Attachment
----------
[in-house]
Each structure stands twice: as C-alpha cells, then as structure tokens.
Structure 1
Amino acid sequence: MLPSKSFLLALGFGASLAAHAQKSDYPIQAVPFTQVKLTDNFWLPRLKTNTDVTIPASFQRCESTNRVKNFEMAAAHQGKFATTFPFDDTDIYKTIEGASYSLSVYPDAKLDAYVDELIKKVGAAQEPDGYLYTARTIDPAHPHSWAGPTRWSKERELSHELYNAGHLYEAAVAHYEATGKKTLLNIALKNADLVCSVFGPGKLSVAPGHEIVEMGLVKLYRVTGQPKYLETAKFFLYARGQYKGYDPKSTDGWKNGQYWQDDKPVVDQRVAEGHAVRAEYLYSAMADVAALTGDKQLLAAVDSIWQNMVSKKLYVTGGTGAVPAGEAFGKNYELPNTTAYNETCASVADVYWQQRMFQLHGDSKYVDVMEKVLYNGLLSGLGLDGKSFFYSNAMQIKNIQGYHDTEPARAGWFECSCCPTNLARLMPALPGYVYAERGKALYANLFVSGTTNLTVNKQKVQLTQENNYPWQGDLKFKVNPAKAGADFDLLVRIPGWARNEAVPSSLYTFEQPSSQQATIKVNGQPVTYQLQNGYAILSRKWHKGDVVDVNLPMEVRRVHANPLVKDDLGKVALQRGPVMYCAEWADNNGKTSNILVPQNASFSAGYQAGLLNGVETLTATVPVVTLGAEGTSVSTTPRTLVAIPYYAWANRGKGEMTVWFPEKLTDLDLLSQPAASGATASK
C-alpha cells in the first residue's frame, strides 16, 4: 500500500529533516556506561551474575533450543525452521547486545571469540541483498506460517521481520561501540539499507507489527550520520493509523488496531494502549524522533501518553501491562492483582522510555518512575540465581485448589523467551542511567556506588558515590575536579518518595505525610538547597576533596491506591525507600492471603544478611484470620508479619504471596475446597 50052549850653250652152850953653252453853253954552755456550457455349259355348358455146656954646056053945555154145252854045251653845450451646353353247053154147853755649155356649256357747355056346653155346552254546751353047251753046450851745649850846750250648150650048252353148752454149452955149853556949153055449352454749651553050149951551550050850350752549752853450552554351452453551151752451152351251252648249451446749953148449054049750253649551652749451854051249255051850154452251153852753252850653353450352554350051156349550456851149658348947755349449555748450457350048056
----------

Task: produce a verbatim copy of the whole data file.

[in-house]
Each structure stands twice: as C-alpha cells, then as structure tokens.
Structure 1
Amino acid sequence: MLPSKSFLLALGFGASLAAHAQKSDYPIQAVPFTQVKLTDNFWLPRLKTNTDVTIPASFQRCESTNRVKNFEMAAAHQGKFATTFPFDDTDIYKTIEGASYSLSVYPDAKLDAYVDELIKKVGAAQEPDGYLYTARTIDPAHPHSWAGPTRWSKERELSHELYNAGHLYEAAVAHYEATGKKTLLNIALKNADLVCSVFGPGKLSVAPGHEIVEMGLVKLYRVTGQPKYLETAKFFLYARGQYKGYDPKSTDGWKNGQYWQDDKPVVDQRVAEGHAVRAEYLYSAMADVAALTGDKQLLAAVDSIWQNMVSKKLYVTGGTGAVPAGEAFGKNYELPNTTAYNETCASVADVYWQQRMFQLHGDSKYVDVMEKVLYNGLLSGLGLDGKSFFYSNAMQIKNIQGYHDTEPARAGWFECSCCPTNLARLMPALPGYVYAERGKALYANLFVSGTTNLTVNKQKVQLTQENNYPWQGDLKFKVNPAKAGADFDLLVRIPGWARNEAVPSSLYTFEQPSSQQATIKVNGQPVTYQLQNGYAILSRKWHKGDVVDVNLPMEVRRVHANPLVKDDLGKVALQRGPVMYCAEWADNNGKTSNILVPQNASFSAGYQAGLLNGVETLTATVPVVTLGAEGTSVSTTPRTLVAIPYYAWANRGKGEMTVWFPEKLTDLDLLSQPAASGATASK
C-alpha cells in the first residue's frame, strides 16, 4: 500500500529533516556506561551474575533450543525452521547486545571469540541483498506460517521481520561501540539499507507489527550520520493509523488496531494502549524522533501518553501491562492483582522510555518512575540465581485448589523467551542511567556506588558515590575536579518518595505525610538547597576533596491506591525507600492471603544478611484470620508479619504471596475446597 50052549850653250652152850953653252453853253954552755456550457455349259355348358455146656954646056053945555154145252854045251653845450451646353353247053154147853755649155356649256357747355056346653155346552254546751353047251753046450851745649850846750250648150650048252353148752454149452955149853556949153055449352454749651553050149951551550050850350752549752853450552554351452453551151752451152351251252648249451446749953148449054049750253649551652749451854051249255051850154452251153852753252850653353450352554350051156349550456851149658348947755349449555748450457350048056